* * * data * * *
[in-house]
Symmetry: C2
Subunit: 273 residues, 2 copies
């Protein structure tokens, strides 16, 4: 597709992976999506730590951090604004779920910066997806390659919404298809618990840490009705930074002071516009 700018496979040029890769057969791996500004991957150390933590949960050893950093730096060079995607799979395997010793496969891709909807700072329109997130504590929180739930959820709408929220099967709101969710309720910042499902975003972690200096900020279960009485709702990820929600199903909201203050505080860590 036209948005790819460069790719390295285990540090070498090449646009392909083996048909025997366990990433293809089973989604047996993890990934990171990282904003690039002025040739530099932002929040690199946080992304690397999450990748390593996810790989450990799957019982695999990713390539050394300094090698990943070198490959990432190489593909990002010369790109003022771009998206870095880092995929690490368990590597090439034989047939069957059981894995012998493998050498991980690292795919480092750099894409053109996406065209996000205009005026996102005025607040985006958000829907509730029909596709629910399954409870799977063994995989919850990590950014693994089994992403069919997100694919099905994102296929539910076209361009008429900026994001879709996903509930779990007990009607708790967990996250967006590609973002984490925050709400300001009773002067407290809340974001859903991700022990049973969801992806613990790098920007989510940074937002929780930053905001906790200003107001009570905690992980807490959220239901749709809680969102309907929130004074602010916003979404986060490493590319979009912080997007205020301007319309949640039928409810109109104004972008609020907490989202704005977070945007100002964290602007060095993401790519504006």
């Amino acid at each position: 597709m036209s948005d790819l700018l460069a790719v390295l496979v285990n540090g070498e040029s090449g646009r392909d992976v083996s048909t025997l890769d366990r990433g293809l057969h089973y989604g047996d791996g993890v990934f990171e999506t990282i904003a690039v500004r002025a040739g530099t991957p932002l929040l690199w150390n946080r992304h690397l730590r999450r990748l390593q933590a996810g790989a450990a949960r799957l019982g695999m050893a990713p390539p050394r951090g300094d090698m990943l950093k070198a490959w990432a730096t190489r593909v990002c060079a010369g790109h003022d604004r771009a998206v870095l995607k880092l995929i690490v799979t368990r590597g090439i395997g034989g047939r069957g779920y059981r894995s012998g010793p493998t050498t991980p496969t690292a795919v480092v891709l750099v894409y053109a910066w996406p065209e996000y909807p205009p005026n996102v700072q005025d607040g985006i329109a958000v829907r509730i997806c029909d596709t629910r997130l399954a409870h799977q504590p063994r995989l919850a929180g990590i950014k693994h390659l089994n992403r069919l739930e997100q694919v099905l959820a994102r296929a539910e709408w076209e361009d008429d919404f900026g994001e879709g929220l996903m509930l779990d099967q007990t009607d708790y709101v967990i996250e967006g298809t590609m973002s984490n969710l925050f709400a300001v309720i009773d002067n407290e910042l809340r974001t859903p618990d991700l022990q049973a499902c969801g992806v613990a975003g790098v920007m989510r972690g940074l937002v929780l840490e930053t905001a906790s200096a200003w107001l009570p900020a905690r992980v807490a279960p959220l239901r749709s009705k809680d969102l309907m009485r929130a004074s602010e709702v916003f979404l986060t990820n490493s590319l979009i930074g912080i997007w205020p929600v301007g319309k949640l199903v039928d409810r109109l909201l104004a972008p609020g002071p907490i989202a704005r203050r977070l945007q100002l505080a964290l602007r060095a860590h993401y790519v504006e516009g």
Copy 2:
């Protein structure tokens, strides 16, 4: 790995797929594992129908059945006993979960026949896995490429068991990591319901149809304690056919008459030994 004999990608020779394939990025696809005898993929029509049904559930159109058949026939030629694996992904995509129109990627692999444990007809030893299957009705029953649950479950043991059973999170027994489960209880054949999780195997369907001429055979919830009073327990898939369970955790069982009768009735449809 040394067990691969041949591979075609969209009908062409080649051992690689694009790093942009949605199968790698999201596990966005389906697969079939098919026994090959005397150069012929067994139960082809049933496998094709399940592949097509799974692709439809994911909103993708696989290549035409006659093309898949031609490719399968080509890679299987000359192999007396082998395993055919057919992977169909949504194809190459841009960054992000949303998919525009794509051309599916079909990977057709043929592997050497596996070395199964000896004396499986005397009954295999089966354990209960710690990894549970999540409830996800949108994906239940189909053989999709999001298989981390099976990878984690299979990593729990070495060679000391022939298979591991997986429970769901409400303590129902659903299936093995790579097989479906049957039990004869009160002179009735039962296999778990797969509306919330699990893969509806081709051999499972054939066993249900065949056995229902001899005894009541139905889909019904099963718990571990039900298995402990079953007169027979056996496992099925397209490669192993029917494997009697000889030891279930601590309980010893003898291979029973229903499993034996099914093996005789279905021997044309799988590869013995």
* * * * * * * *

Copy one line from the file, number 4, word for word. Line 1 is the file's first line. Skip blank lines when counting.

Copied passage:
């Protein structure tokens, strides 16, 4: 597709992976999506730590951090604004779920910066997806390659919404298809618990840490009705930074002071516009 700018496979040029890769057969791996500004991957150390933590949960050893950093730096060079995607799979395997010793496969891709909807700072329109997130504590929180739930959820709408929220099967709101969710309720910042499902975003972690200096900020279960009485709702990820929600199903909201203050505080860590 036209948005790819460069790719390295285990540090070498090449646009392909083996048909025997366990990433293809089973989604047996993890990934990171990282904003690039002025040739530099932002929040690199946080992304690397999450990748390593996810790989450990799957019982695999990713390539050394300094090698990943070198490959990432190489593909990002010369790109003022771009998206870095880092995929690490368990590597090439034989047939069957059981894995012998493998050498991980690292795919480092750099894409053109996406065209996000205009005026996102005025607040985006958000829907509730029909596709629910399954409870799977063994995989919850990590950014693994089994992403069919997100694919099905994102296929539910076209361009008429900026994001879709996903509930779990007990009607708790967990996250967006590609973002984490925050709400300001009773002067407290809340974001859903991700022990049973969801992806613990790098920007989510940074937002929780930053905001906790200003107001009570905690992980807490959220239901749709809680969102309907929130004074602010916003979404986060490493590319979009912080997007205020301007319309949640039928409810109109104004972008609020907490989202704005977070945007100002964290602007060095993401790519504006």